The way the game worked was Capazzi would display a place value word problem on the big screen above the stage in the multipurpose room. Each round had a different challenge:
Make a three-digit number with a 6 in the tens place.
Make a six-digit number with a 4 in the thousands place.
Make the largest five-digit number you can that has a 3 in the hundreds place.
Make the smallest four-digit number you can that has a 2 in the thousands place.
Make a six-digit number with a 7 in it that is 100 times greater than the 7 in 23,871.
Put the sum of 4,561 and 3,295.
Put up the difference between 11,098 and 5,662.
The students would first have to come up with the answer, and then display them on the wall on the other side of the room by posting their giant numbers to a line of Velcro. Students could only go up one by one, and only place one number at a time during their turn.
There was no running or walking to the wall involved; each round, Pond would give the students a different motion to execute as they headed to the wall, such as hopping on both feet, side shuffling, skipping and, at one point, using little scooters to “swim” to the wall.
“The challenge was not just to solve the problem as quickly as possible, but also to work together as a team to make sure you got the number back and forth in the right motion as quickly as you could,” Capazzi said. “It presented a couple different layers of challenges, and that was fun.”
The students got the right answers pretty often – there were only a few times when a number (or numbers) was placed in the wrong spot on the wall. Capazzi would do a group discussion about the answers following each round to make sure everyone understood why one answer might have been wrong.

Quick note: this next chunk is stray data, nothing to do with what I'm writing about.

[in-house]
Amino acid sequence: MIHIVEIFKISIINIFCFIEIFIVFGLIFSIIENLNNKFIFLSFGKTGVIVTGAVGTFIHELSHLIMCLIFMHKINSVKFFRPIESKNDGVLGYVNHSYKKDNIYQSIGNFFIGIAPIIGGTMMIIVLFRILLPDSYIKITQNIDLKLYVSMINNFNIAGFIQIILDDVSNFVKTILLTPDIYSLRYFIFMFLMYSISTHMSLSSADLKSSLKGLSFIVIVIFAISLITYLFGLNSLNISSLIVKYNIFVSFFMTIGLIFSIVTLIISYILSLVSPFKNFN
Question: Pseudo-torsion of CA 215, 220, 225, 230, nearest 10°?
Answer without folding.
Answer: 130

A team was eliminated each round but everyone got a sticker – “So unlike regular ‘Survivor,’ everyone at least wins,” Capazzi added.
Pond said she thinks the students loved it.
“I know they got a good workout – and that is the idea, to show them math can be fun,” she said.
The pandemic prevented students from being able to work together as a team in recent years. The lesson did more than reinforce the students’ math knowledge while getting them moving; the teachers noticed a lot of great teamwork and collaboration going on among the groups as they carried out the activity.
“Now that we’re working more together in groups, it is nice to see them getting back to that teamwork challenge,” Capazzi said.
The students finish up the infusion lessons by reflecting and jotting down their thoughts so teachers can receive feedback.
“That feedback is great because we’ll take the infusion lessons that we did this year and then we’ll try to integrate them next year and have them do them on their own…because they have great ideas and they’re smart,” he said.
Capazzi said this method of schooling is much more interactive than anything else.
“When you do something like this, this is the sort of thing that really sticks in their mind and helps them remember things down the road,” he said, adding, “They’re going to remember the motion and the fun that they had more than a worksheet that they did.”
The teachers said they love having the chance to collaborate and bring such lessons to the students at Howe Hall AIMS.
“I love that every Monday, it’s my ‘infusion day’…and I know that I’m going to be working with other teachers, and I absolutely love working with other teachers,” Pond said.